A framework for building Open Graph images | The GitHub Blog

You know that feeling when you make your latest hack project public, and you’re ready to share it with the world? And when you go to Twitter to post a link to your repository, you just see a big picture of yourself? We wanted to make that a better experience.
We recently set about creating a framework and service for automatically generating social sharing images for repositories and other resources on GitHub.
Before the update
Before, when you shared a link to a repository on any social media platform, you’d see something like this:

We heard from you that seeing the author’s face was unexpected. Plus, there’s not a lot of quick information here, aside from the plaintext title and description.
We do have custom repository images, and you can still use those to give your project some bespoke branding—but most people don’t upload a custom image for their repositories, so we wanted to create a better default experience for every repo on GitHub.
After the update
Now, we generate a new image for you on-the-fly when you share a link to a repository somewhere:

We create similar cards for issues, pull requests and commits, with more resources coming soon (like Discussions, Releases and Gists):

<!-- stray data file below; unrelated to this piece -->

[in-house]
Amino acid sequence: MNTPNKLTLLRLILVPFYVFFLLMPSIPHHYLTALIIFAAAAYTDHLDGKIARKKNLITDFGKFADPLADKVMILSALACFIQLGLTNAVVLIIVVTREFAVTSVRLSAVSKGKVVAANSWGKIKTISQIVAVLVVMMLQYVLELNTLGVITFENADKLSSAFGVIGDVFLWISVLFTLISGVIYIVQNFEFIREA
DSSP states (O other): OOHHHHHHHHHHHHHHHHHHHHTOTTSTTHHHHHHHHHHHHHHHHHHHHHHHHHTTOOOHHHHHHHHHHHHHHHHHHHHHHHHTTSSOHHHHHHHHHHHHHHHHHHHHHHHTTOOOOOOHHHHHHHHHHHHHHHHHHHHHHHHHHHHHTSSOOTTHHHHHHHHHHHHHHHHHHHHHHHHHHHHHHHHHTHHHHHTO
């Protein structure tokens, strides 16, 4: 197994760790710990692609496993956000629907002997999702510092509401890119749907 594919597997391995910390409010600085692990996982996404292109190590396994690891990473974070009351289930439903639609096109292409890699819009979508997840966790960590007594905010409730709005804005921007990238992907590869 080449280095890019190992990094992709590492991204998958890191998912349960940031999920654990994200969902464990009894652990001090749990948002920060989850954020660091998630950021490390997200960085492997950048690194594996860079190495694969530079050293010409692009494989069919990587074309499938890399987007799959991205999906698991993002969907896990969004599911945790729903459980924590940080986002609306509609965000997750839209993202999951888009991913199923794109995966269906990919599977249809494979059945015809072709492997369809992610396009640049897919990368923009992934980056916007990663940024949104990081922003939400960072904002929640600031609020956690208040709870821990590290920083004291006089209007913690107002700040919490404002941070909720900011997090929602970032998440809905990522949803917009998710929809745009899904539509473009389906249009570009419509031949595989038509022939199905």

Open Graph image for a pull request
Open Graph image for a commit
Open Graph image for, you guessed it, an issue
What’s going on behind the scenes? A quick intro to Open Graph
Open Graph is a set of standards for websites to be able to declare metadata that other platforms can pick out, to get a TL;DR of the page. You’d declare something like this in your HTML:

In addition to the image, we also define a number of other meta tags that are used for rendering information outside of GitHub, like og:title and og:description.
When a crawler (like Twitter’s crawling bot, which activates any time you share a link on Twitter) looks at your page, it’ll see those meta tags and grab the image. Then, when that platform shows a preview of your website, it’ll use the information it found. Twitter is one example, but virtually all social platforms use Open Graph to unfurl rich previews for links.
How does the image generator work?
I’ll show you! We’ve leveraged the magic of open source technologies to string some tools together. There are a ton of services that do image templating on-demand, but we wanted to deploy our own within our own infrastructure, to ensure that we have the control we need to generate any kind of image.
So: our custom Open Graph image service is a little Node.js app that uses the GitHub GraphQL API to collect data, generates some HTML from a template, and pipes it to Puppeteer to “take a screenshot” of that HTML. This is not a novel idea—lots of companies and projects (like vercel/og-image) use a similar process to generate an image.
We have a couple of routes that match patterns similar to what you’d find on GitHub.com:
// https://github.com/rails/rails/pull/41080
router.get(“/:owner/:repo/pull/:number”, generateImageMiddleware(Pull));

// https://github.com/rails/rails/issues/41078
router.get(“/:owner/:repo/issues/:number”, generateImageMiddleware(Issue));